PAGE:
Cartoon Cavalcade

by John Holbo on October 16, 2009

I got my hands on a pretty good old book, Cartoon Cavalcade (1943) – and if you got your hands on it too, you wouldn’t pay more’n a few dollars for the privilege, my friend. It’s an anthology of American cartoons from the 1880’s to the 1940’s: 450 pages worth, plus editorial matter from the early 40’s, providing a historically interesting perspective on all this history. Following up this much-commented post of mine, I’ll post a Reginald Marsh item from 1934:


Reginald Marsh, it turns out, was “best known for his paintings and illustrations depicting scenes of vaudeville, night clubs, burlesque, and New York City. Marsh was a lifelong free-lance illustrator for the New Yorker, Esquire and many other national magazines.” I know that because you can see a lot of his material here.

I heard about the book via John Kricfalusi’s epic screed against the UPA style (which I linked before in this post (Plato, Plato, Plato! – there, that oughta be enough SEO for this week.) He alleged that it provided some evidence of ‘the UPA style before UPA’, and of a greater diversity of cartoon styles early in the century. Which seemed interesting to investigate. I have to say I come away with a different impression: namely, that the received wisdom about UPA turns out to be right. That stuff feels different to me, in terms of graphic sensibilty, than a lot of the stuff in Calvalcade, which cuts off exactly when the UPA era begins. (It’s a bit more complicated. Maybe I’ll post more about that later.)

But mostly I was hoping to press Cavalcade into service as a kind of visual companion to Gilbert Seldes’ discussion of comics in The 7 Lively Arts [amazon]. Seldes perpetrated some of the earliest positive comics criticism way back in 1924. (He was a big Krazy Kat fan. Who isn’t? He also loved UPA stuff, later on.) Reading his early comics writing, I have always regretted not really knowing what the hell he is talking about some of the time. Now I have a better sense of some specific titles he mentions.

One thing I was surprised to learn is that Buster Brown is actually sort of funny. But only sometimes. All I knew about the strip before was that Buster’s creator, Outcault, was a true comics pioneer; that Buster was sort of like the Katzenjammer Kids, in that he basically made trouble, then got whacked for it. But he was a rich, Anglo-Saxon kid and invariably delivered some sort of mea culpa after getting whacked. And that somehow he was supposed to provide the Ur-Calvin and Hobbes template: boy with slightly smarter talking animal tagging along, in Sancho Panza mode. Indeed, this would appear to be true.

To my surprise, it turns out that that the pious little homilies are actually the funny part:


And my favorite (I’ll skip the panels in which Buster goes out with a gun and gets whacked from one end of the farm to the other, which really isn’t very funny):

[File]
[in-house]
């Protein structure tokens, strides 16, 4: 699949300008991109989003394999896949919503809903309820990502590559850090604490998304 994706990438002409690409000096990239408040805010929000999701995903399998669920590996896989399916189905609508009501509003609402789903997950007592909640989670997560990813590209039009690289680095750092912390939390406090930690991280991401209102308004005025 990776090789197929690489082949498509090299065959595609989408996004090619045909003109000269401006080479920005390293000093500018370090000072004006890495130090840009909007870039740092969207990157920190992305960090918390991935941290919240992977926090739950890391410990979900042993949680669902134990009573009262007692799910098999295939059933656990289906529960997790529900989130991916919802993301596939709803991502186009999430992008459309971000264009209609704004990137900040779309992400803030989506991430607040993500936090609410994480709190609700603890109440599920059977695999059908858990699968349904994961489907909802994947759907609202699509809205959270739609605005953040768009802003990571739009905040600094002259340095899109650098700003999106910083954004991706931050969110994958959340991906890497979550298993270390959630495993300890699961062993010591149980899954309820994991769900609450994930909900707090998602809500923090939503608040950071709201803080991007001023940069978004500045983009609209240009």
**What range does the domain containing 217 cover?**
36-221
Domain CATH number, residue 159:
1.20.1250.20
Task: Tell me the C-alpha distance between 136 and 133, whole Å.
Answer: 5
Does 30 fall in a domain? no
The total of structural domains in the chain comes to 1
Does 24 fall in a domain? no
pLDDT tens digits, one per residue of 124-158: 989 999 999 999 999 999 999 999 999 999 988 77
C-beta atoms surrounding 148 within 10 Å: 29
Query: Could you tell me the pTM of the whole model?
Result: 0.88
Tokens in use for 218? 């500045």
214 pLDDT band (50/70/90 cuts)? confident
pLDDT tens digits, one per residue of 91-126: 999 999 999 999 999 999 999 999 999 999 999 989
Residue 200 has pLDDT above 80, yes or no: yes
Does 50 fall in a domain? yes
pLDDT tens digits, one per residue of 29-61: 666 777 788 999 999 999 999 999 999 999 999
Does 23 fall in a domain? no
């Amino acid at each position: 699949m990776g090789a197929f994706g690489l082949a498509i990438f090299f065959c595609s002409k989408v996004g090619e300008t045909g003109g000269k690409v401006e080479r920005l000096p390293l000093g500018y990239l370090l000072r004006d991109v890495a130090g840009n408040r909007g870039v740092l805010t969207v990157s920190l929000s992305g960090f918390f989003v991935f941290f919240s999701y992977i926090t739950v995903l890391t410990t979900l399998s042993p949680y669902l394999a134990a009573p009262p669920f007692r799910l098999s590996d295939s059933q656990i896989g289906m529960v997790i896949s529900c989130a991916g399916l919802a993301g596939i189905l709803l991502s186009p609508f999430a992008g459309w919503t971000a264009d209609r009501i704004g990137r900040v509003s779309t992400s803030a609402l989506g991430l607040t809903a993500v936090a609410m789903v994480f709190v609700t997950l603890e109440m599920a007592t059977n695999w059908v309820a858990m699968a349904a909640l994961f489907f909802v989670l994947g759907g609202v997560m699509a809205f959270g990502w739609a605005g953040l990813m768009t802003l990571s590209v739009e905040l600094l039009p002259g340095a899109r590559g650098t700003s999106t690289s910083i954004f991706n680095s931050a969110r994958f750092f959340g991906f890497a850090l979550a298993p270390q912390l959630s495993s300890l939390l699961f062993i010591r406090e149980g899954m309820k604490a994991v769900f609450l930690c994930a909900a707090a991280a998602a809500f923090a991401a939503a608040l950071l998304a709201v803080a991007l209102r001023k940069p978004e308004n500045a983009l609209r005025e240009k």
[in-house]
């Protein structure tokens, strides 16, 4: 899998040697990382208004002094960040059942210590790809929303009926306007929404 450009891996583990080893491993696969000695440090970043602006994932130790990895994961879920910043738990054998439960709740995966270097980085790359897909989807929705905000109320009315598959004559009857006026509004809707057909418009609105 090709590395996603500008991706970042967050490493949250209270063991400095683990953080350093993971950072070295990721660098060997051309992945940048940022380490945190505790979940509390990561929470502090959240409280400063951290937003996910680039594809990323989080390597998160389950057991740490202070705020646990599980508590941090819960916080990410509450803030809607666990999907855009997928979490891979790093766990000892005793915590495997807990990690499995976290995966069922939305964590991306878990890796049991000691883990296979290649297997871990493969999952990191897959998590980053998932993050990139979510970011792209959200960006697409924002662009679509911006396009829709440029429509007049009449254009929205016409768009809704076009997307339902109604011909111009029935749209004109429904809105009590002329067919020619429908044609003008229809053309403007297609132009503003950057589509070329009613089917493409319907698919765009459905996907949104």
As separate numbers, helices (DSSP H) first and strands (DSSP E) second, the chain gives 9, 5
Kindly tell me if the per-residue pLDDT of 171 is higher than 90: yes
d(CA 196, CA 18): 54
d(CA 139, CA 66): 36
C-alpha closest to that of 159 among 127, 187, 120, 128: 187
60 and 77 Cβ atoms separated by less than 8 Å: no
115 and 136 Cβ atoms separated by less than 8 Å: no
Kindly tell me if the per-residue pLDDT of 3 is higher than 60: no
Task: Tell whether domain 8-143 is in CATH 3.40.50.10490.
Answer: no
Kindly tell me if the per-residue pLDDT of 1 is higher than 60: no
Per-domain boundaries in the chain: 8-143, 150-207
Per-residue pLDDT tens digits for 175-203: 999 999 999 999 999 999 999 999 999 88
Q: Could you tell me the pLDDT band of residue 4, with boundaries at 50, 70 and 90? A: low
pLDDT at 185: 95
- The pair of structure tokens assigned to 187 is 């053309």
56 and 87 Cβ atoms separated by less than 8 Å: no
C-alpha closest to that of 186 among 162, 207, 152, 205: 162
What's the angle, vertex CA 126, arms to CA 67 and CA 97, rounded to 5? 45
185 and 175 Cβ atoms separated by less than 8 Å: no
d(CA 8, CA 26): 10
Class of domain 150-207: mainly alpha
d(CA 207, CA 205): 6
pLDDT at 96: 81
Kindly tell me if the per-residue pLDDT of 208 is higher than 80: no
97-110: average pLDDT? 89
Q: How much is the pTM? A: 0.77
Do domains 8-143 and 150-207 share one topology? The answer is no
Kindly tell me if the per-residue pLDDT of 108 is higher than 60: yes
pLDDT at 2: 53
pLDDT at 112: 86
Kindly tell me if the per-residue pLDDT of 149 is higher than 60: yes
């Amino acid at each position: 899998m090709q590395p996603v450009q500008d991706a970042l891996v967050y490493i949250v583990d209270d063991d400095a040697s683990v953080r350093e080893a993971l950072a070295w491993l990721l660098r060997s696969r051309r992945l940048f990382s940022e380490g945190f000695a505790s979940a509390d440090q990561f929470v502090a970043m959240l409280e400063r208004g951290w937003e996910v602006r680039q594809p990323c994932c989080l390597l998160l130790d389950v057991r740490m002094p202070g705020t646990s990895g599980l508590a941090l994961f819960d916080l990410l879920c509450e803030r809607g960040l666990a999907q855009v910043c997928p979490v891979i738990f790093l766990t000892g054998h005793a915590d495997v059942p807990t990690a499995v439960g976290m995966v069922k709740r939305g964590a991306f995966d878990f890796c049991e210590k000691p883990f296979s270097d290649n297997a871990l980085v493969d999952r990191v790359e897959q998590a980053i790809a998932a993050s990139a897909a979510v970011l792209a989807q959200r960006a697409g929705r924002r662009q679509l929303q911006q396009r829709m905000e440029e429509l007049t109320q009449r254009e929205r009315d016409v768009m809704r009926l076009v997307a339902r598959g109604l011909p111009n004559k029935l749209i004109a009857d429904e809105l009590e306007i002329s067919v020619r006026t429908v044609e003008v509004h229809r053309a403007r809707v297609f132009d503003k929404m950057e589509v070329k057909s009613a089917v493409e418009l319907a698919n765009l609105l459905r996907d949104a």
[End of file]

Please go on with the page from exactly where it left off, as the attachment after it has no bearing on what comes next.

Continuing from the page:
On the strength of this pair, from Cavalcade, I snagged another old item – Buster Brown’s Maxims For Men (1906); which isn’t funny. In fact, it’s a pious, conventional bore. Outcault seems to have been only intermittently aware that this whole formula only works when the final panel declines into incoherent self-parody. A seriously wounded kid maundering on about Teddy Roosevelt’s faults, by way of planning to do better, is funny. A kid just plain planning to do better is the death of comedy, and now I own the book. Fortunately, it was cheap.



kid bitzer 10.16.09 at 3:59 pm

so you made a bad purchase–do not repine.
at least you expressed a pious resolve to do better.


Gene O'Grady 10.16.09 at 10:08 pm

I give up — what is the UPA style?


Dave Weeden 10.16.09 at 10:14 pm

There are a couple of interesting things in the last panel. One is the ferocity of the attack on the President (Teddy Roosevelt?) , which seems rather timely. And I didn’t realise anti-hunting sentiment was so strong that early. And indeed, shooting harmless animals is wrong.

There used to be a Sunday afternoon children’s show on STV (S for Scottish) called ‘Cartoon Cavalcade’ for what’s that’s worth.


Substance McGravitas 10.16.09 at 10:17 pm

I give up—what is the UPA style?



gmoke 10.17.09 at 12:23 am

Gilbert Seldes’ brother George Seldes was one of the great reporters of the 20th century, the first American to warn us about Fascism in the form of Mussolino and Il Duce tried to have him killed for it. Seldes’ book on the Italian was called _Sawdust Caesar_. He became an independent journalist with his newsletter “In Fact” which was publishing about the link between tobacco and cancer in the 1940s. It became the model for IF Stone’s Weekly and Stone bought his initial mailing list from Seldes. His autobiography is very well worth reading and he was an active writer into his 90s.

The Seldes brothers grew up on a Jewish cooperative farm in NJ, part of a movement that is all but forgotten in our history.


Mitchell Freedman 10.18.09 at 6:17 am

Gmoke, nice summary of Brother George. I was privileged to have met George Seldes, twice, once when he was “just” 99 years old–and where he read parts of one of his books without reading glasses and was fairly sharp–and once a year or two later when he was starting to fade. He died at age 104 or 105.

As for the main topic, I am okay with UPA style, and less okay with the Sixties Hanna-Barbara style. The key age of cartoons are the 1930s and 1940s, with the Fleischer Brothers, Warner Bros and Disney studios. Even the H-B work under Tex Avery is outstanding, which is quite amazing considering how H-B found a way to do things more cheaply, the writing, the drawing and the design.

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